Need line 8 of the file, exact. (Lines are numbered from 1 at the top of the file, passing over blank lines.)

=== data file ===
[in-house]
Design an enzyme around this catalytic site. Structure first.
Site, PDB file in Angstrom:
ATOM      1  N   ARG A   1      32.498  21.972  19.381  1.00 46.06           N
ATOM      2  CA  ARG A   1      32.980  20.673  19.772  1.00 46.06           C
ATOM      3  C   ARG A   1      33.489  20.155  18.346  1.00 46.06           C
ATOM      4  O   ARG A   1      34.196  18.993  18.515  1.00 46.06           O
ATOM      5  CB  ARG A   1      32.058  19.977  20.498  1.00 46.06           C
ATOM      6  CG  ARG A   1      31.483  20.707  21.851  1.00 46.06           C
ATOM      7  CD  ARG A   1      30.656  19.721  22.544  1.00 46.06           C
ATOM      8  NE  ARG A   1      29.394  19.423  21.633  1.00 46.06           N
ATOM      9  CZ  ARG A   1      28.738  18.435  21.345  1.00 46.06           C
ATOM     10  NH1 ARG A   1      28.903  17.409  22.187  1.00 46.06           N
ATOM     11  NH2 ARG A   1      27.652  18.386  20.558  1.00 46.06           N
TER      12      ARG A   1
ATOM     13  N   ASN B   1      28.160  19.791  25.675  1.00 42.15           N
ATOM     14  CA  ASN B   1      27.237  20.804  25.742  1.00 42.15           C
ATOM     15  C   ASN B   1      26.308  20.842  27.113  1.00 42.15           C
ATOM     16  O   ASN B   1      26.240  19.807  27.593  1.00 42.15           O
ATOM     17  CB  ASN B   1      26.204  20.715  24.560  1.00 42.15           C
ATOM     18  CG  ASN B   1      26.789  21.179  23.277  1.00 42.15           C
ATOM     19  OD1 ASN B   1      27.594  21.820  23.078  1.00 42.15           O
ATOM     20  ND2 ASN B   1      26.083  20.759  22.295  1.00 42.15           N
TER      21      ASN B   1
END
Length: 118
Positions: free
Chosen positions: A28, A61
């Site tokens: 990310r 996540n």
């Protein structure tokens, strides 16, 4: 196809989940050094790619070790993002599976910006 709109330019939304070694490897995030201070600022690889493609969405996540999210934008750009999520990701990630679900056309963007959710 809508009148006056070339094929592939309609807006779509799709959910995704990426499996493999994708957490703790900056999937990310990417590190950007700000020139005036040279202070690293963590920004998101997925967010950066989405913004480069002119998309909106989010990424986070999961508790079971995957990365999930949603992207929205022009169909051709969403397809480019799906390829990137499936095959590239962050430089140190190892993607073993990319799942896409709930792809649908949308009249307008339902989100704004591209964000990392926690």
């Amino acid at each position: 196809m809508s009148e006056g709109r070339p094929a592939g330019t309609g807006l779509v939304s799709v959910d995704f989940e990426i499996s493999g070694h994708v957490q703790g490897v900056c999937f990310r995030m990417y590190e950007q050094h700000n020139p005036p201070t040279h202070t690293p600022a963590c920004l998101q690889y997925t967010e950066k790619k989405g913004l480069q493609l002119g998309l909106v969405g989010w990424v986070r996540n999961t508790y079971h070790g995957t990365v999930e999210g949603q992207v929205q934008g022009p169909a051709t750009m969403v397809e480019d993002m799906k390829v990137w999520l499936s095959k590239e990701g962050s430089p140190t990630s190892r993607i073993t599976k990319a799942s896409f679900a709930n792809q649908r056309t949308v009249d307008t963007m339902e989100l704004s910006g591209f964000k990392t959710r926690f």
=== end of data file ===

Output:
ATOM      5  CB  ARG A   1      32.058  19.977  20.498  1.00 46.06           C